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Structural Integrity Reserve Study (SIRS)
Traditional Reserve Study
SIRS & Traditional Reserve Study

Differences between SIRS and Traditional Reserve Study

Structural Integrity Reserve Study

  • Required for 3+ story condos
  • 8 specific structural items
  • An engineer, architect or RS (certified Reserve Specialist) must inspect the site
  • Funding required (not waived or pooled)
  • Required to be completed for ALL 3+ story residential condos by December 31st, 2024
  • Required every 10 years

Traditional Reserve Study

  • All building types - no requirements
  • Structural and non-structural items
  • Anyone can inspect the site
  • No funding requirements
  • No timeline requirements

Structural Integrity Reserve Study (SIRS)

Law-compliant report allocating for reasonable repair, not necessarily full replacement. Engineering Included.

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The 8 items included in the Structural Integrity Reserve Study (SIRS)

  • Roofing
  • Load-bearing walls and other primary members
  • Fireproofing and fire protection
  • Plumbing
  • Electrical
  • Waterproofing and exterior paint
  • Common-area windows & doors
  • Any structural items over $10,000
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Traditional Reserve Study

Our plan keeps your communities beautiful, and your pockets full.

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SIRS & Traditional Reserve Study

If you’re forced to do a reserve study on 8 items, why not get a discounted 2-in-1 report for the whole community?

SIRS and Traditional Reserve Study combined into one.

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Frequently Asked Questions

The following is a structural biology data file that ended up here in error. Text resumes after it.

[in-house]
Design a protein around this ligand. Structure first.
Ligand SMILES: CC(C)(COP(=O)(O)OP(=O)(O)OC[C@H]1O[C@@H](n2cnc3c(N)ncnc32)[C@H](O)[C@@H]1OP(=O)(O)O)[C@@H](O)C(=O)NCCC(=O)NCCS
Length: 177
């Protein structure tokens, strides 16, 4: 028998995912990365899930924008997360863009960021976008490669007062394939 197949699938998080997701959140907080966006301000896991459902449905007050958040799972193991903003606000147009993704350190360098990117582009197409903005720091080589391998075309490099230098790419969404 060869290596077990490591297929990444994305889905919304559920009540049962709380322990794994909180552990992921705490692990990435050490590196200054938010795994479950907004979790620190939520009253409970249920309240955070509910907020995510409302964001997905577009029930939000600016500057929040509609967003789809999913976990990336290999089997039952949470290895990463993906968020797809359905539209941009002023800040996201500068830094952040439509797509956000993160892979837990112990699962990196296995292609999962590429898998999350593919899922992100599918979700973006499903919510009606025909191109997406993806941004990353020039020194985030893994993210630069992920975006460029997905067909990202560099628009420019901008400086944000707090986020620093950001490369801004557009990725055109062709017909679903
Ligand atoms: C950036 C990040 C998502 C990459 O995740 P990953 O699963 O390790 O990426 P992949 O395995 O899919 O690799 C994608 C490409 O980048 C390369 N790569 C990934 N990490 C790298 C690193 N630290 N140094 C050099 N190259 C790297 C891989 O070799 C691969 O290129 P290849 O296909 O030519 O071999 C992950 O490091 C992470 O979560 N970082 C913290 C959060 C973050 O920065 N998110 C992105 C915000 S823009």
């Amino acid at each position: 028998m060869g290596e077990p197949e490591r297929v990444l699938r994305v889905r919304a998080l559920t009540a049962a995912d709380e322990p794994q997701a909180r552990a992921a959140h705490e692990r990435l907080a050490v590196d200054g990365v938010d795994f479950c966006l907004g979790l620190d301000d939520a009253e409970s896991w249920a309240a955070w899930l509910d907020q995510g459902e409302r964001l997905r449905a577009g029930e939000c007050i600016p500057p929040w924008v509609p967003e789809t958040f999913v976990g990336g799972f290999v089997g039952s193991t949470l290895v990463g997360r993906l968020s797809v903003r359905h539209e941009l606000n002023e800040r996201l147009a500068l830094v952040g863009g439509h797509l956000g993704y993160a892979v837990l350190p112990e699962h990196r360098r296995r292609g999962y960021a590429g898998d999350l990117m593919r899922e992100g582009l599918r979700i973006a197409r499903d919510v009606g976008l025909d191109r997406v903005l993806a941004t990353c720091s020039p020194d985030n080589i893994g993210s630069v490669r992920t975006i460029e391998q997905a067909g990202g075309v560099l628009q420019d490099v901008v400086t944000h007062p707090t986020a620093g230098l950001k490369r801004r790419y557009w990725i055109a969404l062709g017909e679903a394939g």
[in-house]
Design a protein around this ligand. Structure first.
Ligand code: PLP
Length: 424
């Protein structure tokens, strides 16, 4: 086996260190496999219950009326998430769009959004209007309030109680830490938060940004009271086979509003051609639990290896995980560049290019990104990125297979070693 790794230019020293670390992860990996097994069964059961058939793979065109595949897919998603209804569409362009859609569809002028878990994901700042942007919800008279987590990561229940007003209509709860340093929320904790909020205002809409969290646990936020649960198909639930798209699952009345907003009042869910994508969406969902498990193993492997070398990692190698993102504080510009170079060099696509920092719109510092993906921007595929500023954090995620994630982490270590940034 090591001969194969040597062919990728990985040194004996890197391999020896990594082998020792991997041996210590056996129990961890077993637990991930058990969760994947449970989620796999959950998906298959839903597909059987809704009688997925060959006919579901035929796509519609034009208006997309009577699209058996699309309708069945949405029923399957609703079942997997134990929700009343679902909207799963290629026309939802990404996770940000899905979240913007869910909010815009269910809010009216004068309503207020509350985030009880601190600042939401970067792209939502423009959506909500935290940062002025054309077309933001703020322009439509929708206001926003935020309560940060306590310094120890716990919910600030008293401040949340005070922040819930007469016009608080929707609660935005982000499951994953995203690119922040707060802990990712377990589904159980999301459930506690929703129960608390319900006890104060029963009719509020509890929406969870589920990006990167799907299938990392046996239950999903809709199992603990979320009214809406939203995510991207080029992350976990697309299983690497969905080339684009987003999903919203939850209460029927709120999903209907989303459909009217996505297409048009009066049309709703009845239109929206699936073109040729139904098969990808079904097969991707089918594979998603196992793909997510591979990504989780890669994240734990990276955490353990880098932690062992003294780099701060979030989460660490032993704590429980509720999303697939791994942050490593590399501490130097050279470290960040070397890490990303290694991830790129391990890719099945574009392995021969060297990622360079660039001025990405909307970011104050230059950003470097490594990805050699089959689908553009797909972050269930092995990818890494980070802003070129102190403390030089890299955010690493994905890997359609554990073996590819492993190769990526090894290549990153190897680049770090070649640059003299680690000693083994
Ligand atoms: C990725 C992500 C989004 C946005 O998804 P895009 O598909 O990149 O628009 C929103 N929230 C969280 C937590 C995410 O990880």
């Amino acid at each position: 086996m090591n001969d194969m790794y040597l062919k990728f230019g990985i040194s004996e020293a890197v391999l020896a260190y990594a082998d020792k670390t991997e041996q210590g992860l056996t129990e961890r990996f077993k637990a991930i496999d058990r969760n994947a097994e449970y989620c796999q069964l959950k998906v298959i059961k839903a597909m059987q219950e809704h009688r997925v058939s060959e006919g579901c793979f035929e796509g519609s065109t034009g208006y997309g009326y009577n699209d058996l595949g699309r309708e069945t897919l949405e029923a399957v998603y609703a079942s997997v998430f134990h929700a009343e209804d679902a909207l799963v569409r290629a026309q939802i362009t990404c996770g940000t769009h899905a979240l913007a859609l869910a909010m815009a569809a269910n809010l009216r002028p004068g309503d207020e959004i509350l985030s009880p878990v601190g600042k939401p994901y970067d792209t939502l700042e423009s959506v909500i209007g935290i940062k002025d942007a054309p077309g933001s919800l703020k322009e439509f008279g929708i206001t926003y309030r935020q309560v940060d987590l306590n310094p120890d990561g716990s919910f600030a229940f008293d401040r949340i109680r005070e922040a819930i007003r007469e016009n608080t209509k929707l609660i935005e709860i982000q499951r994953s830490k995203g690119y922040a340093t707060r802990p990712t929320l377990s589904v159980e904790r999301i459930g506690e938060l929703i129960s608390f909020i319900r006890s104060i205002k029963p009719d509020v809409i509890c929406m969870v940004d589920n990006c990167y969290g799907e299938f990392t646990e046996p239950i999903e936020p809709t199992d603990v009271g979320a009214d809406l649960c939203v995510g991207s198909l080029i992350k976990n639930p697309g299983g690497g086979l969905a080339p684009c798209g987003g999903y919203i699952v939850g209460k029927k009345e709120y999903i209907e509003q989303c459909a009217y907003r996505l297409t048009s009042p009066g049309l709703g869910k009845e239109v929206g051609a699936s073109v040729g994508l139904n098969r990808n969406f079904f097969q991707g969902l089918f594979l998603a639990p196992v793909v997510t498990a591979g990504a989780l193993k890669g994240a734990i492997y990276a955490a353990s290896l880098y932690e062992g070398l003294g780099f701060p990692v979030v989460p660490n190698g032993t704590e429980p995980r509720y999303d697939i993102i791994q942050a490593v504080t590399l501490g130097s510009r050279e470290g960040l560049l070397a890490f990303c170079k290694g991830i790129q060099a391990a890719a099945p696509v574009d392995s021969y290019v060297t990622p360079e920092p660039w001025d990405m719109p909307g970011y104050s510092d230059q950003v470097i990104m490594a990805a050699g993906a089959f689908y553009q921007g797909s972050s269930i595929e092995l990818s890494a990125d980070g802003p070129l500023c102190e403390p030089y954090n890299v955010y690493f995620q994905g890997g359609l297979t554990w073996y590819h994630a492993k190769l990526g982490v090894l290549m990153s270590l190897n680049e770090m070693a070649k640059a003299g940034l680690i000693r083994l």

A Structural Integrity Reserve Study (SIRS) is a comprehensive, non-invasive inspection of a building's critical infrastructure. It evaluates the safety of the structure and provides an estimate for the cost of potential repairs or replacements. Florida law mandates that certain components must be included in this study and adequate reserve funding is allocated for their maintenance.

The following eight items are essential for inclusion in the SIRS:

  1. Roofing
  2. Load-bearing walls and other primary structural components
  3. Fireproofing and fire protection systems
  4. Plumbing infrastructure
  5. Electrical systems
  6. Waterproofing and exterior paint
  7. Common-area windows and doors
  8. Any structural items with a cost exceeding $10,000

The report should offer an in-depth analysis of both the legally required elements and additional community-specific reserve components. This all-encompassing approach ensures a comprehensive understanding of the total cost of ownership for the association. Associations are responsible for appropriately allocating existing reserve funds between structural (funding-required) and non-structural components. This comprehensive approach aids associations in confidently navigating their annual budgeting process.